Robert Burton, Anatomy of Melancholy, Part. I, Sec. 2, Mem. 3, Subs. 6:
A grave and learned minister, and an ordinary preacher at Alcmar in Holland, was (one day as he walked in the fields for his recreation) suddenly taken with a lax or looseness, and thereupon compelled to retire to the next ditch; but being surprised at unawares, by some gentlewomen of his parish wandering that way, was so abashed, that he did never after show his head in public, or come into the pulpit, but pined away with melancholy: (Pet. Forestus med. observat. lib. 10, observat. 12.)
John Aubrey, Brief Lives (Life of Edward De Vere, 17th Earl of Oxford, 1550-1604):
This Earle of Oxford, making of his low obeisance to Queen Elizabeth, happened to let a Fart, at which he was so abashed and ashamed that he went to Travell, 7 yeares. On his return the Queen welcomed him home, and sayd, My Lord, I had forgott the Fart.

Friday, September 10, 2010

Noble Bowels

Yuki Sawa and Edith Marcombe Shiffert, Haiku Master Buson. Translations from the Writings of Yosa Buson — Poet and Artist — With Related Materials (Union City: Heian, 1978), p. 141:
The high priest
relieves his noble bowels
in a desolate field.

Thursday, September 9, 2010

Pandora's Box

Jonathan Swift, The Lady's Dressing Room, lines 69-118:
Why Strephon will you tell the rest?
And must you needs describe the Chest? 70
That careless Wench! no Creature warn her
To move it out from yonder Corner;
But leave it standing full in Sight
For you to exercise your Spight.
In vain, the Workman shew'd his Wit 75
With Rings and Hinges counterfeit
To make it seem in this Disguise,
A Cabinet to vulgar Eyes;
For Strephon ventur'd to look in,
Resolv'd to go thro' thick and thin; 80
He lifts the Lid, there needs no more,
He smelt it all the Time before.
As from within Pandora's Box,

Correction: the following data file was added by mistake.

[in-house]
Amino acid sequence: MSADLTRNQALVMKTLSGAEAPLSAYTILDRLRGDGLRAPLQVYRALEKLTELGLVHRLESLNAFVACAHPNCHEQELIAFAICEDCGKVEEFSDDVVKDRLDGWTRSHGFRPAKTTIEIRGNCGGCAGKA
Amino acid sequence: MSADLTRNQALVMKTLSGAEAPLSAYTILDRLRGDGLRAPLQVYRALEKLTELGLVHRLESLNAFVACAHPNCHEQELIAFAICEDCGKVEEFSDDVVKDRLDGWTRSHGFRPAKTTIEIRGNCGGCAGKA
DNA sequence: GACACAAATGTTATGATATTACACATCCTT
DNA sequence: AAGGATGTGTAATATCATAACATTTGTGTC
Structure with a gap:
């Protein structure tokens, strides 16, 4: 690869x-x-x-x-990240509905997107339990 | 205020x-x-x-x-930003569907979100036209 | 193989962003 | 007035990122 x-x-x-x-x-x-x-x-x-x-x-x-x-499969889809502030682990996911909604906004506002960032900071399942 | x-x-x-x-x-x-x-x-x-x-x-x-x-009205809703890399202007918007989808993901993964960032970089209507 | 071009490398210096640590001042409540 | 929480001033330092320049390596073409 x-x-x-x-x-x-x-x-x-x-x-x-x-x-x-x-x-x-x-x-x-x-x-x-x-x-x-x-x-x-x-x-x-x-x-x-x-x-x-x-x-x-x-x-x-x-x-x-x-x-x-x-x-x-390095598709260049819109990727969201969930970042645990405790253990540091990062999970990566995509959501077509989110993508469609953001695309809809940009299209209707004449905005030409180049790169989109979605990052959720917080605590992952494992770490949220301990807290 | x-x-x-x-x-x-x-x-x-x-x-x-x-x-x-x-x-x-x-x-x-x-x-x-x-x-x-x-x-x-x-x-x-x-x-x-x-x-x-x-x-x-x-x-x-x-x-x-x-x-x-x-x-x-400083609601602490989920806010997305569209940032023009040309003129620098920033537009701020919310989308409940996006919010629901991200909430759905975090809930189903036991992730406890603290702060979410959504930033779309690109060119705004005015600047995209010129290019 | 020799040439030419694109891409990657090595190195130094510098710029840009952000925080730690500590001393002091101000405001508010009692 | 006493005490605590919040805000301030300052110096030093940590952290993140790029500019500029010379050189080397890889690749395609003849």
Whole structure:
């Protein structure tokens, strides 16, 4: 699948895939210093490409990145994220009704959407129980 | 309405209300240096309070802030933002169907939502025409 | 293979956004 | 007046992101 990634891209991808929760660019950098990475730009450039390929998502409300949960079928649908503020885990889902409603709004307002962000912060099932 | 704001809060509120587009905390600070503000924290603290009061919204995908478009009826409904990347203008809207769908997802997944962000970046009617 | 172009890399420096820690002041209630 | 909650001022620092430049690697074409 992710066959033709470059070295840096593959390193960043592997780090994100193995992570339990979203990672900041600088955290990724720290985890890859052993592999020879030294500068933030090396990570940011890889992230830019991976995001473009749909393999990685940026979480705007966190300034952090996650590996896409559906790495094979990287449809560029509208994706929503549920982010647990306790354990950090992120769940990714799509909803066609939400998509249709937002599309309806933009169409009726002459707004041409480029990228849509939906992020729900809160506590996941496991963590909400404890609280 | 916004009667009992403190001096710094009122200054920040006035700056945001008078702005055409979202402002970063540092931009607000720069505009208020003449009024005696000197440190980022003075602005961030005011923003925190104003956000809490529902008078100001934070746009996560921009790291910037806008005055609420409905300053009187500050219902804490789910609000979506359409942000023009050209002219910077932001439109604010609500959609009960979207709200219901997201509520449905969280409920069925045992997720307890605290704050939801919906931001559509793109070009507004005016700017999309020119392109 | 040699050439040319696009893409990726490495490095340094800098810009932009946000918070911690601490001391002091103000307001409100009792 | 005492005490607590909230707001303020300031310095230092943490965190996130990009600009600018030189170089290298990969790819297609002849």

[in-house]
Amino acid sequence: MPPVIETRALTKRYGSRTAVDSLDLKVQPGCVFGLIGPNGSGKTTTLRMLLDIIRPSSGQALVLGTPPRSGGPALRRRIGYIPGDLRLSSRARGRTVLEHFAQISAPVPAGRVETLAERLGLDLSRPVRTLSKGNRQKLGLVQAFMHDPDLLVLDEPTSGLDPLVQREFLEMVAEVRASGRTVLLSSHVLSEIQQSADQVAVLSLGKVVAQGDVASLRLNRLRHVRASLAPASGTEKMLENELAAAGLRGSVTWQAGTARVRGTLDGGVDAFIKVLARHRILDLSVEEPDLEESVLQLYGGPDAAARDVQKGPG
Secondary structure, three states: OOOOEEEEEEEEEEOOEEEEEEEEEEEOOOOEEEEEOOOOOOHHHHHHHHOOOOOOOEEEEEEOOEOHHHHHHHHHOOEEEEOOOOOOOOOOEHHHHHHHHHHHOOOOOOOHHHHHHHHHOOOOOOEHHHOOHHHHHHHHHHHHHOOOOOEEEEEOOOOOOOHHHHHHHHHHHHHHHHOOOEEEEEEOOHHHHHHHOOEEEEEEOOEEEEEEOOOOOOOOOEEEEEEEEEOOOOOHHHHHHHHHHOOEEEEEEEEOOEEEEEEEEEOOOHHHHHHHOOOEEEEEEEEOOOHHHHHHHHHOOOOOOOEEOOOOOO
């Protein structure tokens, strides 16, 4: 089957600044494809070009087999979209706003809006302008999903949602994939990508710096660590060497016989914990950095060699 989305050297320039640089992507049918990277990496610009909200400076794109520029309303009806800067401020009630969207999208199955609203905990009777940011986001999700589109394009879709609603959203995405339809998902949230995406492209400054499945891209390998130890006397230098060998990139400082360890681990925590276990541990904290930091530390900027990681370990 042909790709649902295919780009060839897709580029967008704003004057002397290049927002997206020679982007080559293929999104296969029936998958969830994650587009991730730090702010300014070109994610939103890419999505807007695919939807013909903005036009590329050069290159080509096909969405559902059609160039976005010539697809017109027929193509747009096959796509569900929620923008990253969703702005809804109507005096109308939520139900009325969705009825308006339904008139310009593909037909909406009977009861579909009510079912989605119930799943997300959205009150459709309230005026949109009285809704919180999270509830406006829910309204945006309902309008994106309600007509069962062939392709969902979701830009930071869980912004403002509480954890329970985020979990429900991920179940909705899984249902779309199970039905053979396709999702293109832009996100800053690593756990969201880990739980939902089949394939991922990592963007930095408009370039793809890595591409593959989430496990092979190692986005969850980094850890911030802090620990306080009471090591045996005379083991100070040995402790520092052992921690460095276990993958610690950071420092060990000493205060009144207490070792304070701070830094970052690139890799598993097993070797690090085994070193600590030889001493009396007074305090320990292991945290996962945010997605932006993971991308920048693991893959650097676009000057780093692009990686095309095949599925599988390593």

When Epimetheus op'd the Locks,
A sudden universal Crew 85
Of humane Evils upwards flew;
He still was comforted to find
That Hope at last remain'd behind;
So Strephon lifting up the Lid,
To view what in the Chest was hid. 90
The Vapours flew from out the Vent,
But Strephon cautious never meant
The Bottom of the Pan to grope,
And fowl his Hands in Search of Hope.
O never may such vile Machine 95
Be once in Celia's Chamber seen!
O may she better learn to keep
"Those Secrets of the hoary deep!"

As Mutton Cutlets, Prime of Meat,
Which tho' with Art you salt and beat, 100
As Laws of Cookery require,
And toast them at the clearest Fire;
If from adown the hopful Chops
The Fat upon a Cinder drops,
To stinking Smoak it turns the Flame 105
Pois'ning the Flesh from whence it came;
And up exhales a greasy Stench,
For which you curse the careless Wench;
So Things, which must not be exprest,
When plumpt into the reeking Chest; 110
Send up an excremental Smell
To taint the Parts from whence they fell.
The Pettycoats and Gown perfume,
Which waft a Stink round every Room.

Thus finishing his grand Survey, 115
Disgusted Strephon stole away
Repeating in his amorous Fits,
Oh! Celia, Celia, Celia shits!

Sunday, September 5, 2010

It Sounded Like Fireworks